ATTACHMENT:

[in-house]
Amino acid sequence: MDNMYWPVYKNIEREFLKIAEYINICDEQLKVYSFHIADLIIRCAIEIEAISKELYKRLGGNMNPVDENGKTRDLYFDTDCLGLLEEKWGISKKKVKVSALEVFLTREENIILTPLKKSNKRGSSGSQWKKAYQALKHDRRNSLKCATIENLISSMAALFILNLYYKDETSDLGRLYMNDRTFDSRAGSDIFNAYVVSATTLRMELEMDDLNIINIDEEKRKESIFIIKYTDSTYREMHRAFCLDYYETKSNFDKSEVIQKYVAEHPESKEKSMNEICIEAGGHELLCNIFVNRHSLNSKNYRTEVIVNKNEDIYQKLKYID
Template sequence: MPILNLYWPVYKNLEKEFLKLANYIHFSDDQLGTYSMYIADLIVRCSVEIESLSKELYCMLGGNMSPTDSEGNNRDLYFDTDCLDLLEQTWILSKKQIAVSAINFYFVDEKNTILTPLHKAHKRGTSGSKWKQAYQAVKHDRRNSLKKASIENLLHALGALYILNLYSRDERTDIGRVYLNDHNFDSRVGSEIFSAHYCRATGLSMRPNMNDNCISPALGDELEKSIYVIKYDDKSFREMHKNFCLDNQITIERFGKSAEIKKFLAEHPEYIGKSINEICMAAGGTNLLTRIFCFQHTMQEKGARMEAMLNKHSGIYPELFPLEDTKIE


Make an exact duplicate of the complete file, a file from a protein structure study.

[in-house]
Amino acid sequence: MDNMYWPVYKNIEREFLKIAEYINICDEQLKVYSFHIADLIIRCAIEIEAISKELYKRLGGNMNPVDENGKTRDLYFDTDCLGLLEEKWGISKKKVKVSALEVFLTREENIILTPLKKSNKRGSSGSQWKKAYQALKHDRRNSLKCATIENLISSMAALFILNLYYKDETSDLGRLYMNDRTFDSRAGSDIFNAYVVSATTLRMELEMDDLNIINIDEEKRKESIFIIKYTDSTYREMHRAFCLDYYETKSNFDKSEVIQKYVAEHPESKEKSMNEICIEAGGHELLCNIFVNRHSLNSKNYRTEVIVNKNEDIYQKLKYID
Template sequence: MPILNLYWPVYKNLEKEFLKLANYIHFSDDQLGTYSMYIADLIVRCSVEIESLSKELYCMLGGNMSPTDSEGNNRDLYFDTDCLDLLEQTWILSKKQIAVSAINFYFVDEKNTILTPLHKAHKRGTSGSKWKQAYQAVKHDRRNSLKKASIENLLHALGALYILNLYSRDERTDIGRVYLNDHNFDSRVGSEIFSAHYCRATGLSMRPNMNDNCISPALGDELEKSIYVIKYDDKSFREMHKNFCLDNQITIERFGKSAEIKKFLAEHPEYIGKSINEICMAAGGTNLLTRIFCFQHTMQEKGARMEAMLNKHSGIYPELFPLEDTKIE